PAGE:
Disappointment

It would appear the time has come to gear up for another political skirmish in Canada. And I use the term “skirmish” with the utter disappointment of a politically-interested individual who has just reached the age of eligibility to vote in my country who has just been forced to take a rather bitter pill of cynicism.

And just what is that pill? Evidence that all politicians (at least in modern Canada) are the same. While I know this is a very broad generalization, this clip and others like it do little to encourage me to think that this upcoming election has any hope of moving Canada forward as a nation.

Why? Because I felt like Harper was one of the few politicians who had established a trend of actually campaigning around policies rather than the opposition’s flaws. In the previous two election campaigns, the conservative platform seemed less than willing to stoop to the level of Paul Martin in his attempt to deface his opponents. Rather, he introduced ideas that seemed to at least move in some direction, as opposed to simply remaining stagnant because the alternatives seem flawed. Not only that, but Harper, while he shifted certain policies to an extend, seemed in general to build upon the previous campaign as opposed to scrapping it in order to gain power. He proved willing to patiently allow the Liberals to shoot themselves in the proverbial feet, and then to follow up by offering sound alternatives to the collapsing Paul Martin Liberals.

On top of Harper’s previous competency as a campaigner, the new Liberal leader Dion seems to be far more likely to establish a sound platform than his predecessor, which could have made for an enticing election race. With two strong debaters taking opposite sides of the major issues, the key to winning this election could actually be innovation and not media-bashing. To have two political stances based around improving conditions in the country would set up the ideal minority government, if the two sides could come to some sense of compromise instead of putting up blocks in order to regain or maintain power. While I know that this latter notion is slightly more optimistic than is feasible, the time has never been riper for the Conservatives and Liberals to work together, with there being little in the way of viable alternatives in other parties, at this point in time. The NDP seems to be fading away, the Green party rising, but neither truly a candidate on a scale that could compete with either of the major parties. If both the Conservatives and Liberals were split almost evenly down the house, the potential for cooperation would be incredible.

But, Harper is stooping to political goon tactics. Sigh…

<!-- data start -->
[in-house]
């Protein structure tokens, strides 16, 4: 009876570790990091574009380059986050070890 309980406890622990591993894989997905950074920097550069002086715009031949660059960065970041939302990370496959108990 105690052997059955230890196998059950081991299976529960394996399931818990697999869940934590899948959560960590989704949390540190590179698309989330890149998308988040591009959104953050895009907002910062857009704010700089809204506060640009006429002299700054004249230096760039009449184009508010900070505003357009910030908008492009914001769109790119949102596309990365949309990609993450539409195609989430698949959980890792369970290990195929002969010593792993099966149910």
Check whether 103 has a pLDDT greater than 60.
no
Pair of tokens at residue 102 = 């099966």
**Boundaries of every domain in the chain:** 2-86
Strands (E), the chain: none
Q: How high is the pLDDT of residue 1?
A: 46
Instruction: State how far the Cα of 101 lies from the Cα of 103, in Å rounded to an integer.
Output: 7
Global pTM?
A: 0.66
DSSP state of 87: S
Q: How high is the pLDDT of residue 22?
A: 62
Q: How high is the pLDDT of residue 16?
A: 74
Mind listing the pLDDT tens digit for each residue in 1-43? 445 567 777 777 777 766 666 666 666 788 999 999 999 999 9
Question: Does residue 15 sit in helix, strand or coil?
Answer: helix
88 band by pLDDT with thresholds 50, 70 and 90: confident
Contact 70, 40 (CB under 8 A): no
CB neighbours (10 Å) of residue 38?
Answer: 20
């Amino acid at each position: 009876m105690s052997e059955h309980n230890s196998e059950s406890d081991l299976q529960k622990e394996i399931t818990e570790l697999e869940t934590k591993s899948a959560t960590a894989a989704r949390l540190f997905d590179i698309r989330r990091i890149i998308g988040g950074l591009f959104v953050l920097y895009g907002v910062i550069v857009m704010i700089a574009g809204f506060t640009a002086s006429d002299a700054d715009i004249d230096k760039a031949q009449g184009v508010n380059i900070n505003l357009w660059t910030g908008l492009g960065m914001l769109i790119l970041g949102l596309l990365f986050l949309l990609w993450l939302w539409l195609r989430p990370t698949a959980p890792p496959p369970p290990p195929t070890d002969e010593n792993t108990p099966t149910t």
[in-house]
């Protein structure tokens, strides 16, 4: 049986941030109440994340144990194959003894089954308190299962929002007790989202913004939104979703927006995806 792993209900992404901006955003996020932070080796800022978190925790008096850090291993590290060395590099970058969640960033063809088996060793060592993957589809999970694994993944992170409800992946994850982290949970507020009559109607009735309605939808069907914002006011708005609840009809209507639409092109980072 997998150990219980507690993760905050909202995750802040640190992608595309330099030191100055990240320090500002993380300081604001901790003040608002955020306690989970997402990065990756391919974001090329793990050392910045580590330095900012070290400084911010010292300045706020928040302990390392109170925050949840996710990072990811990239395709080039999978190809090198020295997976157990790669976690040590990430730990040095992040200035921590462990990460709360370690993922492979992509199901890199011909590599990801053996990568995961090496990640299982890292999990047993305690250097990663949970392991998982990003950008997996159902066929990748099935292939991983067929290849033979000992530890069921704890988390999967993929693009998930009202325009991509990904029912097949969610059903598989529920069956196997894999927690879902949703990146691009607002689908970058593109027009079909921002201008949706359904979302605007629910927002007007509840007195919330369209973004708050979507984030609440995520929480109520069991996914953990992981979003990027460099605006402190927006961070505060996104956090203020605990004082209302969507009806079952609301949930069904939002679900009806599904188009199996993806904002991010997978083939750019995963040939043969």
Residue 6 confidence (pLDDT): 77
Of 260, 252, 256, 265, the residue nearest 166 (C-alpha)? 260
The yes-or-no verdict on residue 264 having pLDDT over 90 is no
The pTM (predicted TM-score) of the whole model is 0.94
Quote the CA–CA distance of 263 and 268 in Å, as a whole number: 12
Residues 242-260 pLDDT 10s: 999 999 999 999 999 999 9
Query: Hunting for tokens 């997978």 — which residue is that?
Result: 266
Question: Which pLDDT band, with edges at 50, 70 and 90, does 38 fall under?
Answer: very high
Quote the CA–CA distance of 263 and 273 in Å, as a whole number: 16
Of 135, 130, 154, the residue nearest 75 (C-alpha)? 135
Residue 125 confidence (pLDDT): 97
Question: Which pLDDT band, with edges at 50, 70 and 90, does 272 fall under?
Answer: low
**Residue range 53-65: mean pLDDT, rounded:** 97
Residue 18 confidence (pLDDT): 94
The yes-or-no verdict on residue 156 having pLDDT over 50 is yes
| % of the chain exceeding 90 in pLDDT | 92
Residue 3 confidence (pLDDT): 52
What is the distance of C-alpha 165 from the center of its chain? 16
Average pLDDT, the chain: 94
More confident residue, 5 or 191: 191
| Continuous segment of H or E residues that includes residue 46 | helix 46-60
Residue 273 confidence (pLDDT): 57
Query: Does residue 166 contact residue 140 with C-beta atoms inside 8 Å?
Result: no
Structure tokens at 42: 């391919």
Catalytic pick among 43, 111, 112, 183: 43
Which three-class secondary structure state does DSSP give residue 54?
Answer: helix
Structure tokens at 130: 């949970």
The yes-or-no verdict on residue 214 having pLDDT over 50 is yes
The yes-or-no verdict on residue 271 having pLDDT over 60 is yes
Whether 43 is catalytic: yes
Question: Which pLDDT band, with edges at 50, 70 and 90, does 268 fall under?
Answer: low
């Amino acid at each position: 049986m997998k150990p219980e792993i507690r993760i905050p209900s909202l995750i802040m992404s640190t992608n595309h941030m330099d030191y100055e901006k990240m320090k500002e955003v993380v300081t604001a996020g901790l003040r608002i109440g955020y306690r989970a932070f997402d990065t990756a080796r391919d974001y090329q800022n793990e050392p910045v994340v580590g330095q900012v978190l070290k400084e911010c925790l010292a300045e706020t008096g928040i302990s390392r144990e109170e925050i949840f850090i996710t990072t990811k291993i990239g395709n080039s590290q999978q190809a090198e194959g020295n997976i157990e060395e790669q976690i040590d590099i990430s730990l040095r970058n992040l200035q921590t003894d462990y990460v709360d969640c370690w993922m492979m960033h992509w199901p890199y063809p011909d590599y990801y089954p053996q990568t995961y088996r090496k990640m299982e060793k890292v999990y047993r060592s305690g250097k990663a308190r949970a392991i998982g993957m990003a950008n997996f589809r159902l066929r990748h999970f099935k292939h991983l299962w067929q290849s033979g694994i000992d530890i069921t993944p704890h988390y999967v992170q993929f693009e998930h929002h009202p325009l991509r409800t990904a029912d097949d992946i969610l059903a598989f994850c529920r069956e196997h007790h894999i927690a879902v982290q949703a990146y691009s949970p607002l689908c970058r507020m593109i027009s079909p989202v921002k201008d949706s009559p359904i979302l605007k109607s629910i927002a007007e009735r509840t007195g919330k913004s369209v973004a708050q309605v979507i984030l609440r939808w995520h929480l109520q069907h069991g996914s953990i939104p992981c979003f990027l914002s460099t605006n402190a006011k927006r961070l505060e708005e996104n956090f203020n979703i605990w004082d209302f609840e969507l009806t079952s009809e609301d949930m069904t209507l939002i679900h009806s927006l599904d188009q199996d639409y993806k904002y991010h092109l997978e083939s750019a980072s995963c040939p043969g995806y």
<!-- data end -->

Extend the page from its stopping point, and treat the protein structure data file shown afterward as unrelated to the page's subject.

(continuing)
Hopefully, the polls shock Harper into reinstating some valid sense of policy.

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3 Comments (+add yours?)

  1. Stephen
    Feb 05, 2007 @ 19:24:00

    I’ve seen two of the ads, during yesterday’s Superbowl game. The one you link to is the one that most disappoints me. It shows the worst moment from Stephane Dion’s run for Liberal leader — the only time that he lost his cool during a debate.

    And this is the danger of leadership debates. Your opponents (in this case, Michael Ignatieff) criticize you during the leadership campaign, and then the political opposition drags it up again after you’ve been elected leader.

    Harper is Machiavellian. Presumably he sincerely holds to Conservative values; but his primary commitment is to winning the next election. Which makes him the same as every other politician — but that’s precisely what you find disillusioning.

    Reply

  2. Knotwurth Mentioning
    Feb 06, 2007 @ 13:35:00

    I guess that is what disappoints me the most. While I have studied some of Machiavelli’s work in political studies, I cannot say I agree with the logic of Machiavellian leaders in a democratic society. Yes, under the old monarchies, maintaining power at the cost of morals may have a certain amount of value to it, in that it establishes order in a way that was certainly lacking for the latter part of monarchy’s dominance of the political world.

    But the thing is, a democracy is based on the order coming from the system, and to me, the system functions at its prime potential when it offers a number of viable options to the people, and the people get to choose which they believe is the most liable to lead the country in the right direction. While I understand Harper’s desire to maintain power for his own sake, it does not have the merit that Machiavelli’s ideology does because order would be served further by Harper presenting logical points than it is by him trying to discredit the opposition.

    Reply

  3. itoshii_baka
    Feb 06, 2007 @ 14:02:00

    I will now summarize all that you have said in one sentence:

    If you want to lead our country, show us that you’re productive!!!!!

    I am done. Silly you, and your looooong meandering sentences. *sigh* I’m way too brief to write long essays when I believe the answer is cut and dry.


    So there. I posted. 😀

    **edit**

    Darnit! Why can’t there be an “edit” option for those who are finicky about these things?

    Reply

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